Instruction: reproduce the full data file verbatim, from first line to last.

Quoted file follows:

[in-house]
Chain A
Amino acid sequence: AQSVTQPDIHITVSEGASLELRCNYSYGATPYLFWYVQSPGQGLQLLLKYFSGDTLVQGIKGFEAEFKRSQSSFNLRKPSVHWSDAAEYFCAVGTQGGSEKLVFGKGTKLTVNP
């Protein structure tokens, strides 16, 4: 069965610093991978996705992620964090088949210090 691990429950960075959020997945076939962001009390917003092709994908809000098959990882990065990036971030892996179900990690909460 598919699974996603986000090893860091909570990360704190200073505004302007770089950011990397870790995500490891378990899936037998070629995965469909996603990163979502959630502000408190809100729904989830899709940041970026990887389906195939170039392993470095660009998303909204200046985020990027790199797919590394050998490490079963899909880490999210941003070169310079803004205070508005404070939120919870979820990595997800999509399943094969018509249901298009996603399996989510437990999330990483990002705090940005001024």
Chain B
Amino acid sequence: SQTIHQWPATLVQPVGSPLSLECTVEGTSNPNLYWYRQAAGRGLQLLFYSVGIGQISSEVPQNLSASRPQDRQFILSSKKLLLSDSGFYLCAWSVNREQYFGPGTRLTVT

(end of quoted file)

[in-house]
Chain A
Amino acid sequence: AQSVTQPDIHITVSEGASLELRCNYSYGATPYLFWYVQSPGQGLQLLLKYFSGDTLVQGIKGFEAEFKRSQSSFNLRKPSVHWSDAAEYFCAVGTQGGSEKLVFGKGTKLTVNP
């Protein structure tokens, strides 16, 4: 069965610093991978996705992620964090088949210090 691990429950960075959020997945076939962001009390917003092709994908809000098959990882990065990036971030892996179900990690909460 598919699974996603986000090893860091909570990360704190200073505004302007770089950011990397870790995500490891378990899936037998070629995965469909996603990163979502959630502000408190809100729904989830899709940041970026990887389906195939170039392993470095660009998303909204200046985020990027790199797919590394050998490490079963899909880490999210941003070169310079803004205070508005404070939120919870979820990595997800999509399943094969018509249901298009996603399996989510437990999330990483990002705090940005001024």
Chain B
Amino acid sequence: SQTIHQWPATLVQPVGSPLSLECTVEGTSNPNLYWYRQAAGRGLQLLFYSVGIGQISSEVPQNLSASRPQDRQFILSSKKLLLSDSGFYLCAWSVNREQYFGPGTRLTVT